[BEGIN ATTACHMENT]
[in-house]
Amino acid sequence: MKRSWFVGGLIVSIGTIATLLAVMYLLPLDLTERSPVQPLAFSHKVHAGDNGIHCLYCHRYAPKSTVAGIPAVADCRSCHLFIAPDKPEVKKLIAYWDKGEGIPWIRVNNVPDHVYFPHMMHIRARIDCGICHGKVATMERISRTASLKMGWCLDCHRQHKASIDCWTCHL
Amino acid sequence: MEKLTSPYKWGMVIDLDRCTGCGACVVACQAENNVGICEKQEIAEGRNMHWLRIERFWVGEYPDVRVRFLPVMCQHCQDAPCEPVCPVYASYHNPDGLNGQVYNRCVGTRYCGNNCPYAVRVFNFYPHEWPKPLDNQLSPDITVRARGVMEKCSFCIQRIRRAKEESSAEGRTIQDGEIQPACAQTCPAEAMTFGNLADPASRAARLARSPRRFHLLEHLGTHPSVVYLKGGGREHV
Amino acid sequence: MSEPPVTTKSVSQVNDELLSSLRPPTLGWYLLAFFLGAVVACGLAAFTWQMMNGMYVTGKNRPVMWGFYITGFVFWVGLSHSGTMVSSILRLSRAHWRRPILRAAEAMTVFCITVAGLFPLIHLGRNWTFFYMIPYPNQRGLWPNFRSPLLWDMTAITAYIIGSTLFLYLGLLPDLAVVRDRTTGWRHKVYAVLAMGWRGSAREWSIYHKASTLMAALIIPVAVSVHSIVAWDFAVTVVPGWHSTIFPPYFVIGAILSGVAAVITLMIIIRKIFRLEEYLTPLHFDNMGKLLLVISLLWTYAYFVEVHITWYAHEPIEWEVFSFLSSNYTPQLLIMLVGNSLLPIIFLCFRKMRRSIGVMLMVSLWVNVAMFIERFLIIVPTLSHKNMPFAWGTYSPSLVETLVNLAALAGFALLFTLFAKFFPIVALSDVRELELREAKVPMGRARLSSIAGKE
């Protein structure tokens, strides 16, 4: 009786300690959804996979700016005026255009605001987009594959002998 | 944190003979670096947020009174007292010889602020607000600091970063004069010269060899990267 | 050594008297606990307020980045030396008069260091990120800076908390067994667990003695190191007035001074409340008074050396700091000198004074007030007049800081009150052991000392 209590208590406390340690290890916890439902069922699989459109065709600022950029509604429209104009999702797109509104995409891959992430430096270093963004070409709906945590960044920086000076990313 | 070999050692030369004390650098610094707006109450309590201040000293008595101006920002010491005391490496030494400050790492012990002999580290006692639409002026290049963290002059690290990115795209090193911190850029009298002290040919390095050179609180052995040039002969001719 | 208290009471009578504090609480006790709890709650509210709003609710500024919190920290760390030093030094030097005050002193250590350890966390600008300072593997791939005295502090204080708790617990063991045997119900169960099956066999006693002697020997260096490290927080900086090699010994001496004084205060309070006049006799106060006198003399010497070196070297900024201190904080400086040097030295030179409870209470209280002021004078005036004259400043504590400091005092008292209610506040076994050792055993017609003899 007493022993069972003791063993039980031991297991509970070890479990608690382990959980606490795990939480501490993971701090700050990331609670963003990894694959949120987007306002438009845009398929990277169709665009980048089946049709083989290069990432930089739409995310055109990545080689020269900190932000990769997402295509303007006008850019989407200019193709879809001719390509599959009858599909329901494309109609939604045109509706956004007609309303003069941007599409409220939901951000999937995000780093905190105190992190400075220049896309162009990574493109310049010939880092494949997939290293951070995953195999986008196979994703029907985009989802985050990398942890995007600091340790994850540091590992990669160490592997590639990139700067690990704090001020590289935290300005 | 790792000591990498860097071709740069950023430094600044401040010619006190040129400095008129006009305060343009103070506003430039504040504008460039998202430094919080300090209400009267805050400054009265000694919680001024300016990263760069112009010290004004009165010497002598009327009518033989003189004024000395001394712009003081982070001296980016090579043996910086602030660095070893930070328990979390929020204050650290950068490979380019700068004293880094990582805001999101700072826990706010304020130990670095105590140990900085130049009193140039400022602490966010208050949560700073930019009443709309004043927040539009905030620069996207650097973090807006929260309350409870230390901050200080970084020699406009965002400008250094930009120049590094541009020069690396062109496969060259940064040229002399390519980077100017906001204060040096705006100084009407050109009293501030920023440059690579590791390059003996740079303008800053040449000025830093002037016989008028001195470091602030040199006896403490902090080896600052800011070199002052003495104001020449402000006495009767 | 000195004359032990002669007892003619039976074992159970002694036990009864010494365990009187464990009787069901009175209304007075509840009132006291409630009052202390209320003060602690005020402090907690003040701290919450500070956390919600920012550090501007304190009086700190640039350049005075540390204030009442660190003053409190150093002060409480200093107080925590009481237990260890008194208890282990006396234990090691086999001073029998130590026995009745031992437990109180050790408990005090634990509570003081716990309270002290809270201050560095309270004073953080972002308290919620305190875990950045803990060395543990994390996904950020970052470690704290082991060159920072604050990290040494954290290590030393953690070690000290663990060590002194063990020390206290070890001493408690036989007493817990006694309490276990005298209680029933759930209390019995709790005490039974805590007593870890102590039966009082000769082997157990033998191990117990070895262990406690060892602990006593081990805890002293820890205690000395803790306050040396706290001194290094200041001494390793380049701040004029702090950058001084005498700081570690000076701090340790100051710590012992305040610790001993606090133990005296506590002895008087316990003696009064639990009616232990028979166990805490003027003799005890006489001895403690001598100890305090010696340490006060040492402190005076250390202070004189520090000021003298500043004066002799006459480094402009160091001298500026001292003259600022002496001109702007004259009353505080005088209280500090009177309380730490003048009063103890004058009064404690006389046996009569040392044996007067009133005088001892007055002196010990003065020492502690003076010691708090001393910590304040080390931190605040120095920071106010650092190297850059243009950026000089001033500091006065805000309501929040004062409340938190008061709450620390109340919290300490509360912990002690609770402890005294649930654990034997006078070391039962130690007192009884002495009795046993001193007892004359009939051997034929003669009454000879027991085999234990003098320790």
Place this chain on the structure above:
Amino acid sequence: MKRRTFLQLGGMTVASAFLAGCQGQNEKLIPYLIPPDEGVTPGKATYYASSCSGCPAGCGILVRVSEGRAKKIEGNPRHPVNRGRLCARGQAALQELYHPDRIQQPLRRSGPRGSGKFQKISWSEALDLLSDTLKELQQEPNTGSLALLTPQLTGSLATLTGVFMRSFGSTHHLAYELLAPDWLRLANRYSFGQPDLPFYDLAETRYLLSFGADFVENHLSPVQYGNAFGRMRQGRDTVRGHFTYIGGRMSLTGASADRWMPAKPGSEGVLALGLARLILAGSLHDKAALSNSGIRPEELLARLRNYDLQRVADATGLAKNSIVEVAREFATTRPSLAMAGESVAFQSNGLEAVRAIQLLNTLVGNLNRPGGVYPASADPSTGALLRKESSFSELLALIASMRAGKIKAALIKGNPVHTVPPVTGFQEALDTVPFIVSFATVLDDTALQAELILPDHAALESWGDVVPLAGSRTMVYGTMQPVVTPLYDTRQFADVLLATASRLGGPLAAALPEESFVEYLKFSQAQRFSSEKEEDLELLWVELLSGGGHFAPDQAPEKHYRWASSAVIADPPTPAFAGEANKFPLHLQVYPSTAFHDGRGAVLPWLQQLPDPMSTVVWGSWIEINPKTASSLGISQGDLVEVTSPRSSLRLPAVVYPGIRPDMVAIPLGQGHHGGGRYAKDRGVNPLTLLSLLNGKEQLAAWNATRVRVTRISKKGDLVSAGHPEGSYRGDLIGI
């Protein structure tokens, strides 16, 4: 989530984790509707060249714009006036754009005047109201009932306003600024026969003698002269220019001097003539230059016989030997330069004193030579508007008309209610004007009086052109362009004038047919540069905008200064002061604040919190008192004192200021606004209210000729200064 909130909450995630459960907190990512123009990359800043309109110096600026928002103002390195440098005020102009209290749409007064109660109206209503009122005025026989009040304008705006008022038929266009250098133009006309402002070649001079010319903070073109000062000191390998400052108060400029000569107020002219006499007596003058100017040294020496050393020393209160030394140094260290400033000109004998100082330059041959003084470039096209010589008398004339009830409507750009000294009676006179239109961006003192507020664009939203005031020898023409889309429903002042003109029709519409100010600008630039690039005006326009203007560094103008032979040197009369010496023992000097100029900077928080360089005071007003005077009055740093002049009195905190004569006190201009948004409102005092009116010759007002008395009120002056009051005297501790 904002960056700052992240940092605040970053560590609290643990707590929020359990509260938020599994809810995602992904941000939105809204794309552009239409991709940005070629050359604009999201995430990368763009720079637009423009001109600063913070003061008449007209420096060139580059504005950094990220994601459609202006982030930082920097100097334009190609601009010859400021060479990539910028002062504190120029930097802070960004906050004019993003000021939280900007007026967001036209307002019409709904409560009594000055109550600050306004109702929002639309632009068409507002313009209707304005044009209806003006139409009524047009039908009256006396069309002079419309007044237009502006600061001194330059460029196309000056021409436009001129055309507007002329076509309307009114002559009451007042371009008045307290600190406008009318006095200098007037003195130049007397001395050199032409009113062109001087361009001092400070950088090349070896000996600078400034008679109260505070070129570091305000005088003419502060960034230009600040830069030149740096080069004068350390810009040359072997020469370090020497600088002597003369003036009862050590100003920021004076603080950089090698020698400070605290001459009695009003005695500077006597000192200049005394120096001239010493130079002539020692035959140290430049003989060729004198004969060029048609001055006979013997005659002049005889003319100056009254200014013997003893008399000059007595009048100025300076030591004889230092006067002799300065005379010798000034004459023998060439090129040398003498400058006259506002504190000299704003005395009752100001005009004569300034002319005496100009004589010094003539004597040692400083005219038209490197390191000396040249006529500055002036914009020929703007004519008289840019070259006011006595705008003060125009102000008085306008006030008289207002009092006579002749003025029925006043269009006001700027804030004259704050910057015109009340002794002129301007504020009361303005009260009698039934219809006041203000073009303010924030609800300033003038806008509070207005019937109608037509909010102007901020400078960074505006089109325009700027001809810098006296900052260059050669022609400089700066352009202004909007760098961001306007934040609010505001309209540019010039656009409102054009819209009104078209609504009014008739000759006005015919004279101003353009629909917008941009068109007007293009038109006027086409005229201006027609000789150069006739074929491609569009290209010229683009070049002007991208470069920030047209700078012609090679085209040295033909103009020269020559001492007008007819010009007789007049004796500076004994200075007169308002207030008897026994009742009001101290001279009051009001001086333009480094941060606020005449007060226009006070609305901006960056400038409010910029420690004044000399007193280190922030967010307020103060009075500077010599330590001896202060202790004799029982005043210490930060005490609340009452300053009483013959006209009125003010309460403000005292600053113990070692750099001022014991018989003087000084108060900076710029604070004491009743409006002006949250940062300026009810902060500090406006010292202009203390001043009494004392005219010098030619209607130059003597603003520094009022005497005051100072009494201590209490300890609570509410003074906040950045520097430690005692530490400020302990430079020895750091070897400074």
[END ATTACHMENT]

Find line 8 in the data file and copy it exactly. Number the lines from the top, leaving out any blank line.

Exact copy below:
């Protein structure tokens, strides 16, 4: 989530984790509707060249714009006036754009005047109201009932306003600024026969003698002269220019001097003539230059016989030997330069004193030579508007008309209610004007009086052109362009004038047919540069905008200064002061604040919190008192004192200021606004209210000729200064 909130909450995630459960907190990512123009990359800043309109110096600026928002103002390195440098005020102009209290749409007064109660109206209503009122005025026989009040304008705006008022038929266009250098133009006309402002070649001079010319903070073109000062000191390998400052108060400029000569107020002219006499007596003058100017040294020496050393020393209160030394140094260290400033000109004998100082330059041959003084470039096209010589008398004339009830409507750009000294009676006179239109961006003192507020664009939203005031020898023409889309429903002042003109029709519409100010600008630039690039005006326009203007560094103008032979040197009369010496023992000097100029900077928080360089005071007003005077009055740093002049009195905190004569006190201009948004409102005092009116010759007002008395009120002056009051005297501790 904002960056700052992240940092605040970053560590609290643990707590929020359990509260938020599994809810995602992904941000939105809204794309552009239409991709940005070629050359604009999201995430990368763009720079637009423009001109600063913070003061008449007209420096060139580059504005950094990220994601459609202006982030930082920097100097334009190609601009010859400021060479990539910028002062504190120029930097802070960004906050004019993003000021939280900007007026967001036209307002019409709904409560009594000055109550600050306004109702929002639309632009068409507002313009209707304005044009209806003006139409009524047009039908009256006396069309002079419309007044237009502006600061001194330059460029196309000056021409436009001129055309507007002329076509309307009114002559009451007042371009008045307290600190406008009318006095200098007037003195130049007397001395050199032409009113062109001087361009001092400070950088090349070896000996600078400034008679109260505070070129570091305000005088003419502060960034230009600040830069030149740096080069004068350390810009040359072997020469370090020497600088002597003369003036009862050590100003920021004076603080950089090698020698400070605290001459009695009003005695500077006597000192200049005394120096001239010493130079002539020692035959140290430049003989060729004198004969060029048609001055006979013997005659002049005889003319100056009254200014013997003893008399000059007595009048100025300076030591004889230092006067002799300065005379010798000034004459023998060439090129040398003498400058006259506002504190000299704003005395009752100001005009004569300034002319005496100009004589010094003539004597040692400083005219038209490197390191000396040249006529500055002036914009020929703007004519008289840019070259006011006595705008003060125009102000008085306008006030008289207002009092006579002749003025029925006043269009006001700027804030004259704050910057015109009340002794002129301007504020009361303005009260009698039934219809006041203000073009303010924030609800300033003038806008509070207005019937109608037509909010102007901020400078960074505006089109325009700027001809810098006296900052260059050669022609400089700066352009202004909007760098961001306007934040609010505001309209540019010039656009409102054009819209009104078209609504009014008739000759006005015919004279101003353009629909917008941009068109007007293009038109006027086409005229201006027609000789150069006739074929491609569009290209010229683009070049002007991208470069920030047209700078012609090679085209040295033909103009020269020559001492007008007819010009007789007049004796500076004994200075007169308002207030008897026994009742009001101290001279009051009001001086333009480094941060606020005449007060226009006070609305901006960056400038409010910029420690004044000399007193280190922030967010307020103060009075500077010599330590001896202060202790004799029982005043210490930060005490609340009452300053009483013959006209009125003010309460403000005292600053113990070692750099001022014991018989003087000084108060900076710029604070004491009743409006002006949250940062300026009810902060500090406006010292202009203390001043009494004392005219010098030619209607130059003597603003520094009022005497005051100072009494201590209490300890609570509410003074906040950045520097430690005692530490400020302990430079020895750091070897400074």